##                Estimate Std. Error t value Pr(>|t|)    
## (Intercept)     3.00000    0.02521  118.99   <2e-16 ***
## Age             0.30000    0.02522   11.89   <2e-16 ***
## GenderMale     -1.00000    0.03565  -28.05   <2e-16 ***
## Age:GenderMale  0.50000    0.03567   14.02   <2e-16 ***
## ---
## Signif. codes:  0 '***' 0.001 '**' 0.01 '*' 0.05 '.' 0.1 ' ' 1
## 
## Residual standard error: 0.7973 on 1996 degrees of freedom
## Multiple R-squared:  0.4921, Adjusted R-squared:  0.4913 
## F-statistic: 644.6 on 3 and 1996 DF,  p-value: < 2.2e-16

The model summary prints coefficients for the Intercept, Age, GenderMale, Age:GenderMale. The effect of Age is .30 which is NOT the average effect controlling for gender but the effect for the Female group. The effect of GenderMale is $-1 which is how much Male earn less than Female which is the Intercept $3. Lastly, the interaction Age:GenderMale is how much more Income correlates with Age for Male in addition to Female.

Importantly, this is the default R behavior with categorical variables that it *alphabetically sets the first variable as the reference level (i.e., the intercept). So in our case Female has been set as our reference level. Then, our categorical variables are dummy coded (a.k.a., treatment contrast) so that Females are 0s, and Males are 1s, which can be verified by using contrasts.

contrasts(data$Gender)
##        Male
## Female    0
## Male      1

So, what do we need to do to get the AVERAGE effect of Age on Income controlling for Gender while keeping the interaction?
The answer is: specify a contrast so that Females are coded as -.50 and males coded as .50.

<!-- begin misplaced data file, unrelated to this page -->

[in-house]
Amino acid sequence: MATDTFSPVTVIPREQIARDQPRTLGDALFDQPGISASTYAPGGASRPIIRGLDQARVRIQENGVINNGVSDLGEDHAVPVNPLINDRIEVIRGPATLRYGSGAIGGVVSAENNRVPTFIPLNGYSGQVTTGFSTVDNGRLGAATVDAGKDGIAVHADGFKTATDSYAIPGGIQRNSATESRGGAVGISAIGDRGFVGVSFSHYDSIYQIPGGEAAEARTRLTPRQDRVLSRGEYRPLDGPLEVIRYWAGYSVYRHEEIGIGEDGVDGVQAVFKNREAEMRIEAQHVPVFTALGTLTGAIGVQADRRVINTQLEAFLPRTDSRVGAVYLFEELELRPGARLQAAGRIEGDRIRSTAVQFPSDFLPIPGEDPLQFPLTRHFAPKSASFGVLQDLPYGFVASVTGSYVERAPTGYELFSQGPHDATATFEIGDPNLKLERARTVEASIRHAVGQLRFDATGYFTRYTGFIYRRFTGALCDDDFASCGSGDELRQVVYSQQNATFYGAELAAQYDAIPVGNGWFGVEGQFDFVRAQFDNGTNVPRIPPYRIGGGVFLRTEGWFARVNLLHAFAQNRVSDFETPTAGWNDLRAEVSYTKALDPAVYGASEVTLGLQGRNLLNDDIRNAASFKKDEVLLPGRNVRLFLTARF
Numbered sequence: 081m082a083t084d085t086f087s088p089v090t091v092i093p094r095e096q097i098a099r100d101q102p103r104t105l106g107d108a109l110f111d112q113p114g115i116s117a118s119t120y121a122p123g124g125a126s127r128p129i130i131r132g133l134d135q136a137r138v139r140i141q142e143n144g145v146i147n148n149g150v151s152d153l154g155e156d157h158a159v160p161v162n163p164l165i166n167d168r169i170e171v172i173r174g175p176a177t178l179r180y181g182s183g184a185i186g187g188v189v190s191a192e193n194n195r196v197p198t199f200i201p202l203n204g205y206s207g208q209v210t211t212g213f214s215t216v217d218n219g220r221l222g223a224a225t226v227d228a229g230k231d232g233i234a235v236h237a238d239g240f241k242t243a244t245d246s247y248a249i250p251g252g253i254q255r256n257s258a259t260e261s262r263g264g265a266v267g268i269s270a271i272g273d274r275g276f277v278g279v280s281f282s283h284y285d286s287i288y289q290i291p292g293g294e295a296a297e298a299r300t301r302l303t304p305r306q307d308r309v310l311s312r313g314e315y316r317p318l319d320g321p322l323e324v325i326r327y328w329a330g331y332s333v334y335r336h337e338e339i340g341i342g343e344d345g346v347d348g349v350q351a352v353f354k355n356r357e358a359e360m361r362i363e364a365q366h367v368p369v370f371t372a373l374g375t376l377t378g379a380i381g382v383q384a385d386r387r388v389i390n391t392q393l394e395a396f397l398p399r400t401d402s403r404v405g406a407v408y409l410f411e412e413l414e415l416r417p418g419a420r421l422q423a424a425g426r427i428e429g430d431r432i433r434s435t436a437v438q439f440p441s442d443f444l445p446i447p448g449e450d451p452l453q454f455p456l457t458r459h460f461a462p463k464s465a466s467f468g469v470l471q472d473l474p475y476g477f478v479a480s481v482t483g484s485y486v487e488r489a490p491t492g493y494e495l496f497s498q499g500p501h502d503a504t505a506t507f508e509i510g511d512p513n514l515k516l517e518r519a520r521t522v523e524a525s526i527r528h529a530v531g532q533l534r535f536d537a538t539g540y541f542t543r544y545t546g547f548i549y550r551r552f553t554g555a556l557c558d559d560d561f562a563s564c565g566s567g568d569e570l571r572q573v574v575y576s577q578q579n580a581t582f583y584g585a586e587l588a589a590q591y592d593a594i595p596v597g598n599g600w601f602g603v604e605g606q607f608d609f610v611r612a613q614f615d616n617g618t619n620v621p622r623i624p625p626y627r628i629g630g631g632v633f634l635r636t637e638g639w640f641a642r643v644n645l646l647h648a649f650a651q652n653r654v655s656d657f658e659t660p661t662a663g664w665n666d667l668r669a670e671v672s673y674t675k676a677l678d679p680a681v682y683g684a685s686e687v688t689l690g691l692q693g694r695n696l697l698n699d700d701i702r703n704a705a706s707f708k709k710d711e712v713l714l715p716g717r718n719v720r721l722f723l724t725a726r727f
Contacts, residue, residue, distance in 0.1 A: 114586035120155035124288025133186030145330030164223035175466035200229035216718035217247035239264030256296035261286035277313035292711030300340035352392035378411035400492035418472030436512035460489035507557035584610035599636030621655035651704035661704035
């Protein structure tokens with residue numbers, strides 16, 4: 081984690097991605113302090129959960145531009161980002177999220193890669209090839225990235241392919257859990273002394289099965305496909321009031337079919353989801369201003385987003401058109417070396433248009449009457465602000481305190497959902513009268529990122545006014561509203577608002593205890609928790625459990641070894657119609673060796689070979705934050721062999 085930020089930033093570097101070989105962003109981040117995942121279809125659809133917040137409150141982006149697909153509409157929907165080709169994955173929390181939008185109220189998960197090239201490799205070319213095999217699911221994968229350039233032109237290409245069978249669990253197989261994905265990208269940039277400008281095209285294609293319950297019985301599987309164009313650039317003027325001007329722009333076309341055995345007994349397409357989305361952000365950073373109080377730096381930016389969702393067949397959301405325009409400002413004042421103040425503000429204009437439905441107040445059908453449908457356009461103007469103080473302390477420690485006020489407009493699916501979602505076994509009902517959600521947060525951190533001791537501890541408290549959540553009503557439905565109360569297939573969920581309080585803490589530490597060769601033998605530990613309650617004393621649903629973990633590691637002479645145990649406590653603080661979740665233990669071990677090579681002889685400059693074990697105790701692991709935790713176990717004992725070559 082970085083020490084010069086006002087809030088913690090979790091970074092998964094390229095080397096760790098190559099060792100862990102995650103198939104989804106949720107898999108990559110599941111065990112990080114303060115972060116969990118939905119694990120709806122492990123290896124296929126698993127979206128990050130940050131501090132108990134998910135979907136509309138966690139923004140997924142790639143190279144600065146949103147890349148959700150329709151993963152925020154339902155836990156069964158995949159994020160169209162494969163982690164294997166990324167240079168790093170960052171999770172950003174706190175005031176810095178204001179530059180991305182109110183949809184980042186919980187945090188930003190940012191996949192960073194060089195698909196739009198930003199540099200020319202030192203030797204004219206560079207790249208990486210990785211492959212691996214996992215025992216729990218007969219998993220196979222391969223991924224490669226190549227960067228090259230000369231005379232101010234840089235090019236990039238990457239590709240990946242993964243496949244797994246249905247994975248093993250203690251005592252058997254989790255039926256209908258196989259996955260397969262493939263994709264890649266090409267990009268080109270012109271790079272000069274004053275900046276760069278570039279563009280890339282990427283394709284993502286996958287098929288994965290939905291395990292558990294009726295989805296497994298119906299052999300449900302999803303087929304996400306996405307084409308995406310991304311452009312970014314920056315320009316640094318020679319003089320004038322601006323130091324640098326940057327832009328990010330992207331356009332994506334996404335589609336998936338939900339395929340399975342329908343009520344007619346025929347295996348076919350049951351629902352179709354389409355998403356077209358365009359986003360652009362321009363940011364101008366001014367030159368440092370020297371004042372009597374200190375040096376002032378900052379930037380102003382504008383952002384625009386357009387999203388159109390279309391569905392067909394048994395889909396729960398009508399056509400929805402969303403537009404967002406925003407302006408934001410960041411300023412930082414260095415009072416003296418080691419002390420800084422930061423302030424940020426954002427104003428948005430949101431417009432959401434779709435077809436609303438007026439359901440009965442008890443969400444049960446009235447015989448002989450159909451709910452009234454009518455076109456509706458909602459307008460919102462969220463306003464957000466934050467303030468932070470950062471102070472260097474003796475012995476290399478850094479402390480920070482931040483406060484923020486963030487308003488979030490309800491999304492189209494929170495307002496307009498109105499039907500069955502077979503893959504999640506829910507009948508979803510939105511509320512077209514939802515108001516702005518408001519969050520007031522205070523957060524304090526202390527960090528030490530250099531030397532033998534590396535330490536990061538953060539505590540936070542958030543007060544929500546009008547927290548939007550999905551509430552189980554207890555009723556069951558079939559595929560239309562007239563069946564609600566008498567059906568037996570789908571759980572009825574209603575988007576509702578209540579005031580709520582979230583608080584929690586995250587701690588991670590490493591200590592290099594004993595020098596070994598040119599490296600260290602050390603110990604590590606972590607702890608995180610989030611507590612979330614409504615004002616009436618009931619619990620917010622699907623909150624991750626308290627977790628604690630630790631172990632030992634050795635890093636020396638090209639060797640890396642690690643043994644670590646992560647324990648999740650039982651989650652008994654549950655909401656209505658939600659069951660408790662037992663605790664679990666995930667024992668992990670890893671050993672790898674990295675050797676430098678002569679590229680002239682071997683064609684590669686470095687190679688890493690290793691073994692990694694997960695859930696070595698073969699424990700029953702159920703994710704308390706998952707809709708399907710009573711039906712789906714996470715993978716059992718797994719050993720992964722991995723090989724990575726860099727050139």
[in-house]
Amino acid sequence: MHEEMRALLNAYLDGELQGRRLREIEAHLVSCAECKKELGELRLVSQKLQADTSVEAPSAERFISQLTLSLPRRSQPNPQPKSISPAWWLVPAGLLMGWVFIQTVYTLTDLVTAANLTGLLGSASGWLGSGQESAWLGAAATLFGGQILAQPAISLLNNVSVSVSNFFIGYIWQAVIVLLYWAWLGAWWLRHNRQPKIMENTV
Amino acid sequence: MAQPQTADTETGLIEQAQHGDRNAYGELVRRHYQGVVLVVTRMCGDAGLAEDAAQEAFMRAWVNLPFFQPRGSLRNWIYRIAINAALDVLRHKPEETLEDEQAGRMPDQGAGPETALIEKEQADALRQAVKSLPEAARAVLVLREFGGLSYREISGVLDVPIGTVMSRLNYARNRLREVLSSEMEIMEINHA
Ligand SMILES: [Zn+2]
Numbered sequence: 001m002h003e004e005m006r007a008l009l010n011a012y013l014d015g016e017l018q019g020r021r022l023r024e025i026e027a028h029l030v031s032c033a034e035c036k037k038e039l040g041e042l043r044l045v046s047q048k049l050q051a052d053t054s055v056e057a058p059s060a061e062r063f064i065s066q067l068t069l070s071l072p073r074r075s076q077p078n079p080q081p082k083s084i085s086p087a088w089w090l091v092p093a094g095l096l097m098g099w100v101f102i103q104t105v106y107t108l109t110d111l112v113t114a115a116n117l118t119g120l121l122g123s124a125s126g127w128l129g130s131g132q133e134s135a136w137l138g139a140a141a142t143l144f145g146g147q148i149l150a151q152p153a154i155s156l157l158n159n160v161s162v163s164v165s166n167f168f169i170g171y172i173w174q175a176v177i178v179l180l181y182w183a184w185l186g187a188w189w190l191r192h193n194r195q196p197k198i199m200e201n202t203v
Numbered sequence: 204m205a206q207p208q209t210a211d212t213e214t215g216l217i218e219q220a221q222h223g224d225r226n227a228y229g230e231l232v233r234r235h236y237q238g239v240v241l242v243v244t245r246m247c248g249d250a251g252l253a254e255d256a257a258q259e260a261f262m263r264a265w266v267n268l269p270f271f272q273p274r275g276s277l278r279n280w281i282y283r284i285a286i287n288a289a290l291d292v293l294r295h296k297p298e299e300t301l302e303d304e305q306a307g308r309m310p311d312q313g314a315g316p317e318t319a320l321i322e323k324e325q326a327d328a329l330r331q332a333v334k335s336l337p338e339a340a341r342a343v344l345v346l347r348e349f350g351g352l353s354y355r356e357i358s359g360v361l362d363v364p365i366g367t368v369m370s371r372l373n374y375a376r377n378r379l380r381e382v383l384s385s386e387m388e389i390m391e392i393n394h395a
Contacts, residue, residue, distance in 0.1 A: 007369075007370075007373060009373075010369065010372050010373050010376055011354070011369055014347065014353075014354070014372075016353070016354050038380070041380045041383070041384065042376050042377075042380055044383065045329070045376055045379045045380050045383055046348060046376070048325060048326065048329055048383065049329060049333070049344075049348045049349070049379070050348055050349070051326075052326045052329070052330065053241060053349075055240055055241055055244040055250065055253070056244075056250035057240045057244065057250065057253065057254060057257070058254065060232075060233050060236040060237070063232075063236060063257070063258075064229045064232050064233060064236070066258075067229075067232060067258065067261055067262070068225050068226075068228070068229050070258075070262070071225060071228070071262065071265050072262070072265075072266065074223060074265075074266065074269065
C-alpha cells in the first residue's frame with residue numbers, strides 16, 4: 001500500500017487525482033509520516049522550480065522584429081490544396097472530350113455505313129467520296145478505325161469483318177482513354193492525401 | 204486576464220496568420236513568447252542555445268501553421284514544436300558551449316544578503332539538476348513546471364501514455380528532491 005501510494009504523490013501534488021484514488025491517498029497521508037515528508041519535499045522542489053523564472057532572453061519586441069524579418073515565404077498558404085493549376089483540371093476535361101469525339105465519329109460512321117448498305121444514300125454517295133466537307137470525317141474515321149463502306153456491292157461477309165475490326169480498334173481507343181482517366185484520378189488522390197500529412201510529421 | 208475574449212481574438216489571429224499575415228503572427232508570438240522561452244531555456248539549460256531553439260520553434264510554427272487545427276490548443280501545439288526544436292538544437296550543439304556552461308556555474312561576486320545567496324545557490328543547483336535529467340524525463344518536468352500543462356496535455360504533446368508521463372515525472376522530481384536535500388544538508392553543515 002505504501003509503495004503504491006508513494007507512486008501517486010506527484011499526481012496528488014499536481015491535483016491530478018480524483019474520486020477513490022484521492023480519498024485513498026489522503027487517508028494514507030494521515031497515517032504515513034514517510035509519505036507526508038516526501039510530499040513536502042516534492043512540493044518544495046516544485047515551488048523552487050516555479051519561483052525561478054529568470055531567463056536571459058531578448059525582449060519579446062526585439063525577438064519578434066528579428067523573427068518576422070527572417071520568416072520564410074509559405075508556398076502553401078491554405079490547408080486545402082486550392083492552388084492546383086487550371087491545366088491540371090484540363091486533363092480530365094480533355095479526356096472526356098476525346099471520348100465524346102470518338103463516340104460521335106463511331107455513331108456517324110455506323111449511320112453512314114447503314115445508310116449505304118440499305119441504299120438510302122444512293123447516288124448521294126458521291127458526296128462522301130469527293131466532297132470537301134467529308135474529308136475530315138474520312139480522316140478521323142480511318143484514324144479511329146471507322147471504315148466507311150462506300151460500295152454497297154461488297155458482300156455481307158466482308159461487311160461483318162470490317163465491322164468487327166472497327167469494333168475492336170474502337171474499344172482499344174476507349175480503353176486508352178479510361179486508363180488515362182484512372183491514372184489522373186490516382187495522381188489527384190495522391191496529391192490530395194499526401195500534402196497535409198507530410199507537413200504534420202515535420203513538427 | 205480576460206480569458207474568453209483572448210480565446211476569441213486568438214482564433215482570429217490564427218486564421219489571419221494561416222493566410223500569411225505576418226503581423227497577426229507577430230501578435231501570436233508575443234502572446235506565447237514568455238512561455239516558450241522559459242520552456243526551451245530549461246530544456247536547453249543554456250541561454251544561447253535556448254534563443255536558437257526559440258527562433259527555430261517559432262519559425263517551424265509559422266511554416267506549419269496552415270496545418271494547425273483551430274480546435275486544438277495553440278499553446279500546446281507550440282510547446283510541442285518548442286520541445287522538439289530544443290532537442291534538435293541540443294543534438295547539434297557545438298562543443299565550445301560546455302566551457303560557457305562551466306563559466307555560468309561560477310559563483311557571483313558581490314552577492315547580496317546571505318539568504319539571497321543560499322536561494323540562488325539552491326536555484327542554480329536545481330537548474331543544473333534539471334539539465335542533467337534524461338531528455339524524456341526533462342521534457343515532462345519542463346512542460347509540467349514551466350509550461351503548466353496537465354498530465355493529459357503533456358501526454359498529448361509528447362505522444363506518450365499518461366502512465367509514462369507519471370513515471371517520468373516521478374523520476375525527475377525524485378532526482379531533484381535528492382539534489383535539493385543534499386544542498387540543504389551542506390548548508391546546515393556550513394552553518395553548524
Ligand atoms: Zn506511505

contrasts(data$Gender) <- c(-.5,.5)
m <- lm('Income~Age*Gender',data=data)
summary(m)
## 
## Call:
## lm(formula = "Income~Age*Gender", data = data)
## 
## Residuals:
##     Min      1Q  Median      3Q     Max 
## -3.4916 -0.4905 -0.0051  0.5044  3.2038 
## 
## Coefficients:
##             Estimate Std. Error t value Pr(>|t|)    
## (Intercept)  2.50000    0.01783  140.23   <2e-16 ***
## Age          0.55000    0.01784   30.84   <2e-16 ***
## Gender1     -1.00000    0.03565  -28.05   <2e-16 ***
## Age:Gender1  0.50000    0.03567   14.02   <2e-16 ***
## ---
## Signif. codes:  0 '***' 0.001 '**' 0.01 '*' 0.05 '.' 0.1 ' ' 1
## 
## Residual standard error: 0.7973 on 1996 degrees of freedom
## Multiple R-squared:  0.4921, Adjusted R-squared:  0.4913 
## F-statistic: 644.6 on 3 and 1996 DF,  p-value: < 2.2e-16

We get four terms again but they are specified as Intercept, Age, Gender1, and Age:Gender1.
The Age effect is 0.55 which is exactly the average effect across gender as we specified ( (0.8+0.3) / 2).
The Age:Gender1 interaction is 0.5 which is the difference between the age effects between gender (0.8 - 0.3).
Effect of Gender1 is $-1 which is representing the average difference between the two genders ($2-$3), as specified by our contrast.